14. The Great American Screenplays Part I: Fast-Witted Masterpieces in the Golden Age of American Talkies

Over the course of the last several months, I have tackled the monumental task of reviewing, analyzing, and documenting Citizen Kane, the movie that I consider to be the greatest film ever made.  This multi-month endeavor resulted in six essays totaling over 25,000 words; which, when converted to a Word document, translates to 46 pages at size 12 Times New Roman font.  What resulted, I think, was a very good examination of the movie’s place in the pantheon of world cinema.

But, sometimes, taking large, sweeping views at a topic is not as good as taking a good close look at a smaller chunk.  Citizen Kane‘s role as a masterpiece alongside David Lean’s epics, Federico Fellini’s grotesqueries, and Ingmar Bergman’s psychological dramas is an important one to study and consider if you want to be a competent film-connoisseur.  But, sometimes, you need to think of its role on its home court: its own time, its own country, and its own genre.  It is far more beneficial for a student of sport to study John Stockton in the context of the flex offense he ran alongside Karl Malone and Jeff Hornacek than it is to ponder his comparative value against such anachronistic counterparts as Oscar Robertson, Bob Cousy, and Chris Paul.  Sometimes, you have to look at a film as a product of its time.

When it comes to its time, Citizen Kane acted as a capstone, a zenith, a peak, a climax.  It was the candle on top the birthday cake of American screenplays that propelled Hollywood to the forefront of the movie industry.  It was the ultimate culmination of a decade’s worth of perfect scripts made into highly-successful, immortal masterpieces.  It was the important link in the chain between that decade and the decade that would follow it.  These two decades in the United States—the 1930s and the 1940s—were undeniably the greatest in American film history.  (The 1950s, while it certainly can be considered the finest of all cinematic decades, owes itself to a collaborative, multi-nation effort as opposed to the ethnocentric dominance of the pre-war United States).  America was securing itself as the world power in international politics, a position that would be cemented for good after World War II.  Likewise, as a cinematic world power, the United States was flexing its capitalistic muscles by producing floods of great films at a mass level, creating such huge stars as Cary Grant, Katharine Hepburn, Clark Gable, and Bette Davis.

It is an interesting coincidence, then, that the original title for Kane was supposed to be, simply, American.

This chapter in my blog will start a three part essay series focusing on these two power-decades, focusing, in turn, on the three signature genres that these decades produced.  The three genres in question are 1) screw-ball comedy, 2) film noir, and 3) the Western—perhaps the most characteristically American of all the genres in cinema.  What propelled these genres, and what made them so decidedly American, was the delicate wit and sardonic wordplay of their screenplays, screenplays that were written by the finest writers in Hollywood history.  While such brilliance in scripts has been survived in the works of people like Woody Allen, Richard Linklater, and Charlie Kaufmann, it has never been diluted to such a degree as it was in the 30s and 40s.  Such names as Herman J. Manckiewicz, Billy Wilder, Preston Sturges, Ben Hecht, Robert Riskin, John Huston, Julius Epstein, Joseph Manckiewicz, Leo McCarey, and Morrie Ryksind teamed up to adapt films from already deftly-managed literary works by masters of their own respective crafts, people like George Bernard Shaw, George S. Kaufman, Raymond Chandler and James M. Cain.  These scripts were so perfect, they provided frameworks for their directors to frame their characters, giving us long shots of fast-paced dialogue that remind us fondly of the theater, while giving us all the privilege of the cinematic experience.  They acted as ideal platforms for the sardonic (Groucho Marx), the uplifting (Jimmy Stewart), the charming (Cary Grant), the sinister (James Cagney), the dominant (Humphrey Bogart), the sexy (Barbara Stanwyck), the elegant (Bette Davis), the sweet (Jean Arthur), the authoritative (Katharine Hepburn), and the confident (Lauren Bacall).  This small list only names a few of the significant personalities behind the pen and in front of the camera that this era produced.  Such stars as these (and countless others—it was the era of Hollywood superstars), owed their careers to the masterful wit and taste of the men and women who wrote their lines.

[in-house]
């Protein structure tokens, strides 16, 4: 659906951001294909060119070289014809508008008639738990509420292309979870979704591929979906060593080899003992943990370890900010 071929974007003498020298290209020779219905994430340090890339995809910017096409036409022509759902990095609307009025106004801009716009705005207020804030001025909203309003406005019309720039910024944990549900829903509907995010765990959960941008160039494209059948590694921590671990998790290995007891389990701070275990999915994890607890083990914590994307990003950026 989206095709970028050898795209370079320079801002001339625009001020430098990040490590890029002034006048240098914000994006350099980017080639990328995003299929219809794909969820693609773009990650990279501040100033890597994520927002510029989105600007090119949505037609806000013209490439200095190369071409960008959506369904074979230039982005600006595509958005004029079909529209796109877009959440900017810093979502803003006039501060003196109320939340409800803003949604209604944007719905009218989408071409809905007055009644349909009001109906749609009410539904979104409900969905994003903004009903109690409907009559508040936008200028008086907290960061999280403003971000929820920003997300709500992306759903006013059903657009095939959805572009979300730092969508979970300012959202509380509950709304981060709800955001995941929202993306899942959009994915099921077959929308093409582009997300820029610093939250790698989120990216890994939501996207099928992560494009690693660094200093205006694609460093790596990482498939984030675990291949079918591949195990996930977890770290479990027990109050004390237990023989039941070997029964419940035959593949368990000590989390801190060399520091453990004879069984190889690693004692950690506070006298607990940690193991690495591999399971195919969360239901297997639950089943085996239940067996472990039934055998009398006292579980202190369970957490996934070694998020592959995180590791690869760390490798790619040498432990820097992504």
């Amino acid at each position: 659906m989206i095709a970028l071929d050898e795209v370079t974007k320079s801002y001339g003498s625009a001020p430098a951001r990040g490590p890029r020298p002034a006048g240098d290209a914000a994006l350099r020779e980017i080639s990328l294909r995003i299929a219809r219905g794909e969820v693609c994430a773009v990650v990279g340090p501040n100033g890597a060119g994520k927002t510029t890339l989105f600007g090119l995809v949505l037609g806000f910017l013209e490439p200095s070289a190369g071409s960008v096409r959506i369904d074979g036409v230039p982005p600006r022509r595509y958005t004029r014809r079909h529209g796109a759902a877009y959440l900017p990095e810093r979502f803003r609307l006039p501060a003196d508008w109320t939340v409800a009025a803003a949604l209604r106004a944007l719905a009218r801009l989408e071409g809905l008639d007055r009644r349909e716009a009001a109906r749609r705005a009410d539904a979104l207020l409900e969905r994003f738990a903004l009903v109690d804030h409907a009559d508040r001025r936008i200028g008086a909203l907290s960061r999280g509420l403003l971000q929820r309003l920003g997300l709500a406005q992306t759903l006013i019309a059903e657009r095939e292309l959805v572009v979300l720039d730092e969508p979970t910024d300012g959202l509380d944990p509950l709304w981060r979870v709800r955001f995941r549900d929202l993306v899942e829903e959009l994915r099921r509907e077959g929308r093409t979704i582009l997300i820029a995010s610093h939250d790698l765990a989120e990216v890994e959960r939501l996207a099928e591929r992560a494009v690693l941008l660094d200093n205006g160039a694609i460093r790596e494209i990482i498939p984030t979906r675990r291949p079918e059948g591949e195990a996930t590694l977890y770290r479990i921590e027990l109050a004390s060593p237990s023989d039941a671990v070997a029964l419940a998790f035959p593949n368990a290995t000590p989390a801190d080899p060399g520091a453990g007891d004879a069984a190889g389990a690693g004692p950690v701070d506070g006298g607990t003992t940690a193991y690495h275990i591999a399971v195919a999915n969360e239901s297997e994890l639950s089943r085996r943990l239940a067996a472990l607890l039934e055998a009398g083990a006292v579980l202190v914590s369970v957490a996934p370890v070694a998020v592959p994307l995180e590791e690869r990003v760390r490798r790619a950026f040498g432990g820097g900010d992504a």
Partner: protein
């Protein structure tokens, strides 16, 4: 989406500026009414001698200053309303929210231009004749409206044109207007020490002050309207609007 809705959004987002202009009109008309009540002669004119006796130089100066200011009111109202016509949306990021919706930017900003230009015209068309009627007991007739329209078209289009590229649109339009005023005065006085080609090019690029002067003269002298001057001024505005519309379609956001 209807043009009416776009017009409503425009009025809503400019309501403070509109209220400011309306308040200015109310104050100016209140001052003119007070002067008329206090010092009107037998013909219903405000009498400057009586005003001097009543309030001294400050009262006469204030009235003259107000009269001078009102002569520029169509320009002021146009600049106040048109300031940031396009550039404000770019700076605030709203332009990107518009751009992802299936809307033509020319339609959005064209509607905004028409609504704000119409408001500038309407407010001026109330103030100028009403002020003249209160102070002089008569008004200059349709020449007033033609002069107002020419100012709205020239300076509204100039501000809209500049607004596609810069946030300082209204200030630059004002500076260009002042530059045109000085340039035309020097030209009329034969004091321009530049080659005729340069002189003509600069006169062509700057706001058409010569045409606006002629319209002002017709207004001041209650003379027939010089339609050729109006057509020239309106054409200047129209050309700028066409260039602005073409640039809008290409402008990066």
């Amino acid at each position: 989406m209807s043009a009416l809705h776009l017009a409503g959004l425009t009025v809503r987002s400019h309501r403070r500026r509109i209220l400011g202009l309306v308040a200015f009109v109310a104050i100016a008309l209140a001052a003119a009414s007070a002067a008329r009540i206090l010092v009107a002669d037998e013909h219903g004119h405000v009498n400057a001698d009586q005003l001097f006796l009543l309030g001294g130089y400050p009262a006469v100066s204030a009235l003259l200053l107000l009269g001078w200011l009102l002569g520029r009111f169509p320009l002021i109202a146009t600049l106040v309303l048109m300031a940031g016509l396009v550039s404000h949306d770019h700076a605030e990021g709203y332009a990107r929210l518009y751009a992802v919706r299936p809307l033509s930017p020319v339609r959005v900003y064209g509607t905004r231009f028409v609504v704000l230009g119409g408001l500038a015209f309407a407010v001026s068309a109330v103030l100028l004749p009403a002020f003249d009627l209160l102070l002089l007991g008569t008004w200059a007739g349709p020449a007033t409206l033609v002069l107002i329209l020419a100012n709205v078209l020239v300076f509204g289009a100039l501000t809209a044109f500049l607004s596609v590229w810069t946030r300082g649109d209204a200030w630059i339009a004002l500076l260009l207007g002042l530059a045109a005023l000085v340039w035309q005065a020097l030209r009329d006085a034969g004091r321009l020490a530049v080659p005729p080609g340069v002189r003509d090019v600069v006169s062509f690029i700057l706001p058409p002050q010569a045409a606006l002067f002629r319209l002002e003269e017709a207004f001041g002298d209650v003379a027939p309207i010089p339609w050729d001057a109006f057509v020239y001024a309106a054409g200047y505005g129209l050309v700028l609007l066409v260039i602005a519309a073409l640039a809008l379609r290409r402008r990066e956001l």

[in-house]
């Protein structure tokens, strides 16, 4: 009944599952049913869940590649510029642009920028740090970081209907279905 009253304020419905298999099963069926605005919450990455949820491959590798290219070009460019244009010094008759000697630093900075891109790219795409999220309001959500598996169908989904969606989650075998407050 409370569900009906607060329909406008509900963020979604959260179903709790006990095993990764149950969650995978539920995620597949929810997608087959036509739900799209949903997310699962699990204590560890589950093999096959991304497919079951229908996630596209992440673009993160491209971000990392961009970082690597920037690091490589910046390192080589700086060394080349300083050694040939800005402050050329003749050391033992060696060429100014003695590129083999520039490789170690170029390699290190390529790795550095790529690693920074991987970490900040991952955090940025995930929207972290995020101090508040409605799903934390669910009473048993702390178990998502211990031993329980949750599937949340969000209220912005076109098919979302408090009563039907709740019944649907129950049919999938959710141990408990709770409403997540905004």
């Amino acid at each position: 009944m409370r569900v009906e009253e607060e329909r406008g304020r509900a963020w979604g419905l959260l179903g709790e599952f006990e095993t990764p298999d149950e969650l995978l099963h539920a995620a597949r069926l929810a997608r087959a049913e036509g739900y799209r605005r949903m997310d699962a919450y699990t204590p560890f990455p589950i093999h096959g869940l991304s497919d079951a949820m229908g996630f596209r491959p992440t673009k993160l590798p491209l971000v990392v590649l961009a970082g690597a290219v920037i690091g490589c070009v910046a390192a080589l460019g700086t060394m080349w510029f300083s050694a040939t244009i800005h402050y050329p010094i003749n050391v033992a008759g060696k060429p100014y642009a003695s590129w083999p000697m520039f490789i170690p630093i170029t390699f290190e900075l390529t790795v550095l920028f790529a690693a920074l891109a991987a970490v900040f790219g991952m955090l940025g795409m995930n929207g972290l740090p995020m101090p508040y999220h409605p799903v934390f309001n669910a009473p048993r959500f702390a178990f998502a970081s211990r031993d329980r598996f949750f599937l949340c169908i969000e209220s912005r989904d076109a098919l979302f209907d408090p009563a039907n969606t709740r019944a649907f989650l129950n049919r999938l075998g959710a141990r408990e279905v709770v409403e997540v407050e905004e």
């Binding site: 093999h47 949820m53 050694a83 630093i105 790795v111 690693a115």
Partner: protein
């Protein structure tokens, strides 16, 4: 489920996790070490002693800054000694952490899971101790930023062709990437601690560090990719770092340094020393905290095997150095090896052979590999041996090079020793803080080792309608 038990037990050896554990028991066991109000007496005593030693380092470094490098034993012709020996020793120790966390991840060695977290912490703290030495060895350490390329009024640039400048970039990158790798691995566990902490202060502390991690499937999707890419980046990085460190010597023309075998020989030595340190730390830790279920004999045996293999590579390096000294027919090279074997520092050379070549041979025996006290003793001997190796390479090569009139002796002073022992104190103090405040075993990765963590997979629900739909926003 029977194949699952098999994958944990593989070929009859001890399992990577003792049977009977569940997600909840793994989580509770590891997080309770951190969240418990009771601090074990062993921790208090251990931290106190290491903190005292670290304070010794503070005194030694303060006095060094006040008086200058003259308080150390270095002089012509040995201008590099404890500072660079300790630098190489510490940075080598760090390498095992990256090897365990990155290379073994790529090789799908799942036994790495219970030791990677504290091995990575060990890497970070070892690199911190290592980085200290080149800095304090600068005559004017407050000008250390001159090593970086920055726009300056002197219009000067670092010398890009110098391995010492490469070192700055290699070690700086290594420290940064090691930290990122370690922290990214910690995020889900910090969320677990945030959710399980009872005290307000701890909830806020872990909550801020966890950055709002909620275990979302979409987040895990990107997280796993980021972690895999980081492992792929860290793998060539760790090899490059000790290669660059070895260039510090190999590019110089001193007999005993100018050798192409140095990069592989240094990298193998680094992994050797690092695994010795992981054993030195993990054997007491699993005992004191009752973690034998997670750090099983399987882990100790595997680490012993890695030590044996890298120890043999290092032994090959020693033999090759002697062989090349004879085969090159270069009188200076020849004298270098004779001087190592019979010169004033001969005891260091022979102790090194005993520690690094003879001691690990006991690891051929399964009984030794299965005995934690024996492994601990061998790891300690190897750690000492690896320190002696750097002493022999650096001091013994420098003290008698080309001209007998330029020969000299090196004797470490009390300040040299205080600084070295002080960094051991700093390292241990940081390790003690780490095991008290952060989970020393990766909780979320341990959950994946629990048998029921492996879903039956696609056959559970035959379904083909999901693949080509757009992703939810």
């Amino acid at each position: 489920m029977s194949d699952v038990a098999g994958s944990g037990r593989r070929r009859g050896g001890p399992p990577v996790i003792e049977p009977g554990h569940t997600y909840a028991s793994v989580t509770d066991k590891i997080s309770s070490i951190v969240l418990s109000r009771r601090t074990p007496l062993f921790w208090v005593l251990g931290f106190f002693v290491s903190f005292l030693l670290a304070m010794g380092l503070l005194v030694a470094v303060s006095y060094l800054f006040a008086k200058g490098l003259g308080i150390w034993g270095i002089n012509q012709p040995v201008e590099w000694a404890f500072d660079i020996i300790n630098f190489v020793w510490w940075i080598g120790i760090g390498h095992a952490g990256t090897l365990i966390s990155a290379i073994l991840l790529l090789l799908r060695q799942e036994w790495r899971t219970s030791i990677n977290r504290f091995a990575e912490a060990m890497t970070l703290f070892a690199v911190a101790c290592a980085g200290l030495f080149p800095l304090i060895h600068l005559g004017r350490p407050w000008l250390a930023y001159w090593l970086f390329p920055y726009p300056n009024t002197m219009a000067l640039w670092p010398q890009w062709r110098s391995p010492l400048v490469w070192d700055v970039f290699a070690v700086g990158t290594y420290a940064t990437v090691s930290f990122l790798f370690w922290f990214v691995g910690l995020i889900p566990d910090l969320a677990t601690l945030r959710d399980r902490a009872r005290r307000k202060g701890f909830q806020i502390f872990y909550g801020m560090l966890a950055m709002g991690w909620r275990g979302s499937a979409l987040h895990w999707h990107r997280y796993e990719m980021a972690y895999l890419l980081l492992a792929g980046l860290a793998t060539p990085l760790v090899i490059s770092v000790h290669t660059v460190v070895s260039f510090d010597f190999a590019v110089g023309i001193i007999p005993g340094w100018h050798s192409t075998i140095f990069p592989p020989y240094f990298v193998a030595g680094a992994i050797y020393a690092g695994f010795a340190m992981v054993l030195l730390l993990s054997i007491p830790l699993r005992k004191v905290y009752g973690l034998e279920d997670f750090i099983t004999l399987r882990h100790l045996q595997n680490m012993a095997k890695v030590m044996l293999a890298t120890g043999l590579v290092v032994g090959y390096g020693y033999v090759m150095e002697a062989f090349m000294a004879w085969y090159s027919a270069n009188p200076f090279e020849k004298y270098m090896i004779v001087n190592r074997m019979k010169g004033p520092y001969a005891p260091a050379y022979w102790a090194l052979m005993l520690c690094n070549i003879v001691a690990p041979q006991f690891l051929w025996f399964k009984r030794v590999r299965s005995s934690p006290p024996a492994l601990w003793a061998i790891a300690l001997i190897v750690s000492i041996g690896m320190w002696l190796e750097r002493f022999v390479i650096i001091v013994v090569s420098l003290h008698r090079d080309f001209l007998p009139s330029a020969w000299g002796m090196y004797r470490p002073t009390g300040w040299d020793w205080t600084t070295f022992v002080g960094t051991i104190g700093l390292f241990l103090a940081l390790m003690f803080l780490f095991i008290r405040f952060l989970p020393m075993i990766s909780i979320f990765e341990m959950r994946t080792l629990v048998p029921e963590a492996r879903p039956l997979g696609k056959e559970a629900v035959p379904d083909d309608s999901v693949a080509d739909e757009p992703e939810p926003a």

This is why I have decided to call this essay series “The Great American Screenplays”.  It is, in essence, a tribute to the screenplays that inspired some of the finest American cinema.  Within the context of these screenplays, the United States was able to triumph as the super-power of the cinematic world.  While France will always hold a place in a movie-lover’s heart (they invented the medium, after all), and India makes more movies, it seems, than all other nations put together, it is the United States that owns the title of #1 movie-making nation, mixing quantity with quality.  This tradition began in the 1930s, and it was all due to the skill of writers.

Why were there so many great writers in that era?  After all, talent doesn’t pool into singular eras, does it?  I’ve never believed in this idea of watershedding biology (a term I have made up to denote the tendency we have to believe that talent—something inherent—only crops up in certain generations).  Science, nature, religion, and sheer logic all point to the conclusion that talent is evenly spread between eras.  It can’t, therefore, be an issue of talent.  It has to be something external: an influence from the time.